Once finished with the exam I downgraded first to running ESX on iMACs before discovering NUCs which I am still using today. You get the best of both worlds with these tiny, completely quiet, reasonably priced. reliable (come with 3 year no quibble guarantee), high powered devices. They can be maxed up to i7 CPU with 64Gb RAM, or as I do you can use cheaper less powerful older ones in a cluster. As most platforms are virtualized you can run near enough anything on them and with the integration of ESX and vSphere with Fusion and workstation getting better with each release it is easier to manage and can copy VMs between environments.
When it came time to recertify rather than using the NUCs I decided to try out WEB-IOU as I didn’t need the full CSR functionality and you could get builds which included the pre-built INE labs. The beauty of this was that although a little fiddly to setup new labs (no drag and drop to build), it was a lot more stable than the old GNS3 and as it used IOS images it didn’t need that much resources. I could run it on fusion with only 4 gig of RAM making the labs portable.
I am assuming EVE-NG came from WEB-IOU as it has the same feel to it but a lot more polished and user friendly. You can have a Lab up and running in minutes and it is all very logical in the way you connect out of it to external devices, networks or the Internet. You do have to put a bit of work in to build templates for things such as windows or Lunix VMs, but is pretty straight forward and well documented. I have built some pretty extensive hybrid labs using N9Ks, CSRs, vIOS, F5s, ASAvs, Firepower and Checkpoints. Apart from some issues with buggy N9Kv images it has been pretty much rock solid.
EVE-NG can be run on most things, I have deployed it as an OVF on ESX and fusion as well as on a Ubuntu host in Azure. The sizing needed depends on what you are running in your lab, for example NXOS needs 2vCPU/8GB, whereas vIOS only needs 1vCPU/512MB. It you look in the community there are plenty of pre-built labs or you can find many more in forums.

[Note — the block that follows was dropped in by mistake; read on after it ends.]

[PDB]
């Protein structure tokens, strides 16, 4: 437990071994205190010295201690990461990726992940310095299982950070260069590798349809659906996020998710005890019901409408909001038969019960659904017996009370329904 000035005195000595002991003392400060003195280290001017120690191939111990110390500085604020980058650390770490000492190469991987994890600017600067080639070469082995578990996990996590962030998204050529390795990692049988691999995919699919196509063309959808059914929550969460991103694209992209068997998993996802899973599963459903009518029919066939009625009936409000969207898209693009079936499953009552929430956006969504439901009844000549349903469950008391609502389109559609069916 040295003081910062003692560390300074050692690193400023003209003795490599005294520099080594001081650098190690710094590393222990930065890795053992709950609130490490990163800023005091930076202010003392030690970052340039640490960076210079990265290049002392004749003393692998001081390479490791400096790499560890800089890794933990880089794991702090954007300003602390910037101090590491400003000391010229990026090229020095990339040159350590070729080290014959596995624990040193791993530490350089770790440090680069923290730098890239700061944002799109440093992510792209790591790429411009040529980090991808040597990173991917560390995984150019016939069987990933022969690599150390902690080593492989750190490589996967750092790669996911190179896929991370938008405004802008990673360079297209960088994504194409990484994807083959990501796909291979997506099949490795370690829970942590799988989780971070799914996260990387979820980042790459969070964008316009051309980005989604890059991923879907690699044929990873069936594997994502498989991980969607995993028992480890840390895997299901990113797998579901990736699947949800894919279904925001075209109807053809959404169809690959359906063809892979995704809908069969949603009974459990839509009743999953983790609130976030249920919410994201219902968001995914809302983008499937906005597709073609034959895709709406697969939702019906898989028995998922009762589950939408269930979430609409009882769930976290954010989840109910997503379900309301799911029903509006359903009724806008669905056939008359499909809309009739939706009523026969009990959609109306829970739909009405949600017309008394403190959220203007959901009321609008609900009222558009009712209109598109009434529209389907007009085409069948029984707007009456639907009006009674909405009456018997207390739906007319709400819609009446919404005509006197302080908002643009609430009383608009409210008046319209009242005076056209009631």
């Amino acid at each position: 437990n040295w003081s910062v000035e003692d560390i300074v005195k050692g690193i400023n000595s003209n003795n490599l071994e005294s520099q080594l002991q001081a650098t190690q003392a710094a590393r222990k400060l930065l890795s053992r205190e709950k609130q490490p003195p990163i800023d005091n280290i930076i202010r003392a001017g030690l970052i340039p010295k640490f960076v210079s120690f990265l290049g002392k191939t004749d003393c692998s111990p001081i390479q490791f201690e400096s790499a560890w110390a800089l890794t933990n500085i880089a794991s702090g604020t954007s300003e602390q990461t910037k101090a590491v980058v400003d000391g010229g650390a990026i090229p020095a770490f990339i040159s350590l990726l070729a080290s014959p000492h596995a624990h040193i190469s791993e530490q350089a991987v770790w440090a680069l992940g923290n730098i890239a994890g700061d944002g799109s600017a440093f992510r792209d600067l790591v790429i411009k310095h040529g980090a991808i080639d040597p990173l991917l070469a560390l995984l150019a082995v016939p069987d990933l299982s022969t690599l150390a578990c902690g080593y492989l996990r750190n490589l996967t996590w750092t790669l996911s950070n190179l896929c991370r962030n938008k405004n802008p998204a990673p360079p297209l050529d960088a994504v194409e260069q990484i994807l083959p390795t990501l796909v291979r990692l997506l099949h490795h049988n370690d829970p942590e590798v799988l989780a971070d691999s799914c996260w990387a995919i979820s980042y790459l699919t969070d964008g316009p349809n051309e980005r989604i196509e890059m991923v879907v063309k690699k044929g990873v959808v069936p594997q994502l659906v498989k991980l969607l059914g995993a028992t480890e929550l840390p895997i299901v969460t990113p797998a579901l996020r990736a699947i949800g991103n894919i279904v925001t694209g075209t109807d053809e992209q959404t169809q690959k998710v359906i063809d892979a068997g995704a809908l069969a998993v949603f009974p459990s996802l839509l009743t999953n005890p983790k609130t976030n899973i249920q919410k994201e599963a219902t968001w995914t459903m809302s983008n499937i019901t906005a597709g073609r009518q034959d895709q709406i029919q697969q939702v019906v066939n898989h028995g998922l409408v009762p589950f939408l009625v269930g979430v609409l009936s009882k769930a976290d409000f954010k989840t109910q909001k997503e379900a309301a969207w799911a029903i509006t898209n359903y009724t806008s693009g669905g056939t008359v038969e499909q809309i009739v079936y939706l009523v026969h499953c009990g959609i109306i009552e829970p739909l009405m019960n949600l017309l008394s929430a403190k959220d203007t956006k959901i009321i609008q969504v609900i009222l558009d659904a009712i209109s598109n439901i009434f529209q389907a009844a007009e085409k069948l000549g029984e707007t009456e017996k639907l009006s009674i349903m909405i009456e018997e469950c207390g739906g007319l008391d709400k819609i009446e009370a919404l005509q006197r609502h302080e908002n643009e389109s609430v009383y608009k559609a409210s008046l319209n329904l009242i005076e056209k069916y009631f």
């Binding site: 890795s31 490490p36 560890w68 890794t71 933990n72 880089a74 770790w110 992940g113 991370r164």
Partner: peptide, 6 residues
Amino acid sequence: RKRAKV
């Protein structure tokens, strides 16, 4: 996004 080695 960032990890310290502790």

So I guess that is were we are today. Is a lot more choice for labbing these days, you got vendor specific offerings such as Cisco CML, hypervisors like ESX or virtualbox or emulators like GNS3 or EVE-NG. At the end of the day all comes down to resources and personal preference, I like EVE-NG but an not saying it is better or worse than any of the others.
The next step for me is to get away from the GUI and use a ‘Network as Code’ idealogy to deploy labs. There are Python SDKs deploying in CML and GNS, some projects for doing a similar thing with EVE-NG and I see others using vagrant to deploy the topology. This netsim-tools project of Ivan’s looks very interesting, I like the idea of deploying a lab and its configuration as a declarative state. I tried something similar with my build_fabric project but is too complicated due to all the variables in a production environment. However, for the base of a lab it is viable as you would only have a simple basic configuration (L3 connectivity and/or simple routing protocol setup) you could build upon.